Vancouver Whitecaps hate Canada. Yawn.
Don’t worry, Duane Rollins hasn’t started writing for AFTN. I just thought I’d kick this article off with the traditional online comment that has really become a parody of itself. Not that it ever deserved to be taken seriously to begin with.
We’ve stated our viewpoint many times before on this. The Whitecaps should play the best players to get the job done, irrelevant of nationality, but the signs are certainly there that a number of Canadian players could be just those guys to do that in the coming years.
The ‘Caps Residency program has produced some fine talent in recent times. Some have made the move to MLS, some have moved overseas and some, with limited options available to them, have unfortunately somewhat disappeared.
The current crop of young ‘Caps is particularly strong however, as evidenced by the recent announcement of Canada’s U20 and U17 squads, and for Whitecaps’ President Bobby Lenarduzzi, it’s a well deserved acknowledgement, and fair reward, for the hard work put into the club’s Residency program, as the ‘Caps lead the way in the development of top Canadian talent at the professional level.
While others in MLS go down the route of bringing in big name and big money signings, to varying degrees of success, the Whitecaps have gone with a lower key and in-house development approach. Some critics accuse them of being cheap. That was an accusation surprisingly levelled by some out east following the signing of young DP Octavio Rivero last month.
But if we’re being honest, you’re not going to get the likes of Kaka, Frank Lampard, or Steven Gerrard coming to Vancouver to play on a horrendous fake pitch week in and week out. You might not even see them coming here when their teams actually play in the city.
What you will see is an array of lesser known South American talent and burgeoning homegrown talent keen to make their name in the game, and that’s an approach that the Whitecaps won’t be shifting from for the foreseeable future and the ‘Caps approach to youth development is something that Lenarduzzi is particularly proud of.
“Even prior to joining MLS, it was clear we invested a lot of money in youth development for a good three, four years in advance,” Lenarduzzi told reporters at the ‘Caps first media presser of the new year. “That was always our philosophy. Having said that, we also knew that we had to bring in players that were difference makers.
“We decided that we want to be known as a club that does develop it’s own players and we’ve stayed the course in that regard. If you look at the U20 team and the U17s, and we have nine players on both of those teams that are either current Residency players or have been through our system and I think that speaks that it’s starting to work. Now what we need to do is to get more players, like Russell Teibert, like Kianz Froese, and we need those players to be coming though on an annual basis.”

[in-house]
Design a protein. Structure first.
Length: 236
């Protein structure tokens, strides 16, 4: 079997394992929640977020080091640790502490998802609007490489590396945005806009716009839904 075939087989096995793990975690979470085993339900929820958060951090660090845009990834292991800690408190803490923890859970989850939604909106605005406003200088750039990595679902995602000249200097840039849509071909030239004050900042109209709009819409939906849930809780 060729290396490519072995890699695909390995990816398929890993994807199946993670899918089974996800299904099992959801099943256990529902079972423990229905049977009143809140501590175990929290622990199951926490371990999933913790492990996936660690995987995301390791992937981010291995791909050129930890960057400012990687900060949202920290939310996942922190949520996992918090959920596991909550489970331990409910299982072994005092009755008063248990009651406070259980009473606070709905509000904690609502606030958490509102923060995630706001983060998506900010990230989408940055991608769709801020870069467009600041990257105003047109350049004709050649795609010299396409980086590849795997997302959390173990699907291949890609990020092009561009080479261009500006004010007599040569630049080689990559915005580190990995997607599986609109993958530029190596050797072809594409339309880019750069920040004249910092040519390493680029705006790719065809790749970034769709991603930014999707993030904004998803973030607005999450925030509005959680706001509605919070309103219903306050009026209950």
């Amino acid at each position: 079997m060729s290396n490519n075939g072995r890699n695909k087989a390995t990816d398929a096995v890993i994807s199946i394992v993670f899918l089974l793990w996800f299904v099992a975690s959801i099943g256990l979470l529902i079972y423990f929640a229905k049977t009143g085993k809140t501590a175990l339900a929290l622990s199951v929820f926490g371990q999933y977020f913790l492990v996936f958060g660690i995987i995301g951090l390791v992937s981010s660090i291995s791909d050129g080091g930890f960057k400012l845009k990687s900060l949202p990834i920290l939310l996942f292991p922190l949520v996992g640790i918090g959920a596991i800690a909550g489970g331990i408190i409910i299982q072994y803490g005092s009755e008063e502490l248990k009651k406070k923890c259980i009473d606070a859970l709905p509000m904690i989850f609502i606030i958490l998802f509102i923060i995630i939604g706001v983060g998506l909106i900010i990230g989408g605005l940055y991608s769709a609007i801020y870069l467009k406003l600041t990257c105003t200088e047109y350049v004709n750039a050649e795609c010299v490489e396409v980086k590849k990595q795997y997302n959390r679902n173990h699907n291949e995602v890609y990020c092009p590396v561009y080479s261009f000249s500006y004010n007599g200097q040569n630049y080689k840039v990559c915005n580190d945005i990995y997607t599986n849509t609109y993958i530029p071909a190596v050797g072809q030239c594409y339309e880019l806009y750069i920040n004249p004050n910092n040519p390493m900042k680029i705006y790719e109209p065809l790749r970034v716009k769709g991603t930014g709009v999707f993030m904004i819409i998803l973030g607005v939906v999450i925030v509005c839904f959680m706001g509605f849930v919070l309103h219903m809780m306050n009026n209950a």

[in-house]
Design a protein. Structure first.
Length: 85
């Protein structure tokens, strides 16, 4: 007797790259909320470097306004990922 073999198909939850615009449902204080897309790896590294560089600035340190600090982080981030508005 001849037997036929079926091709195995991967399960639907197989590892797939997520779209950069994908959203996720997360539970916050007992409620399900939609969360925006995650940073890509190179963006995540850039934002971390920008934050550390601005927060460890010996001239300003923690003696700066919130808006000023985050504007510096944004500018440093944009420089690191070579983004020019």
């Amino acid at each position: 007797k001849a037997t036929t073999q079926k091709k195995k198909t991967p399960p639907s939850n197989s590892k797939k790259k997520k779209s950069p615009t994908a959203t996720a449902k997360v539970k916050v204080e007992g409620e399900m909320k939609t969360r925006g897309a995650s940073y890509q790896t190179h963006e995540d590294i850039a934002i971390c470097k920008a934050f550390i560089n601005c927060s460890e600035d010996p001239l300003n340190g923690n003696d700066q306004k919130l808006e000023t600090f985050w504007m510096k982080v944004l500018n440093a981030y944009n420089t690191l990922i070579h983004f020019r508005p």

Producing a steady stream of quality young players is a key focus for the Whitecaps, and one which Lenarduzzi is well aware won’t just help Vancouver to the success they desire, but also provide a big boost for the Canadian national team, at all age levels, in the process.
“One of our goals is to try to have a conveyor belt of having players coming through our system and onto our first team,” Lenarduzzi said. “But equally important, on to our national teams. We need to get back to the World Cup.
“I think a lot of what will determine if that’s a possibility or not is what we are doing and what Toronto are doing and what Montreal are doing, Edmonton, Ottawa, in terms of giving those players an opportunity to play and get better and vie for MLS spots and national team spots.”
Of the 20 players named in Rob Gale’s Canadian roster for the upcoming 2015 CONCACAF U20 Championship in Jamaica, which gets underway on Saturday, nine came through the Whitecaps Residency program. Four are currently on the Whitecaps MLS squad, two others will be part of the ‘Caps USL PRO squad this season and two more are currently away at college.
Add in nine of the 20 members of Canada’s U17 squad being part of the ‘Caps Residency program at present and the footballing future is looking very bright for Vancouver, with Lenarduzzi acknowledging how far ahead the Whitecaps seem to be right now compared to their Canadian rivals in terms of youth development.
“It’s nice when you look at those numbers and you look at the representations from the other professional clubs, it’s something at this stage that we can be proud of. But we’re not going to rest on our laurels. We’re going to continue to put the emphasis on development and I think as much as we want to be a club that develops players, we need for the coaching staff to play those players.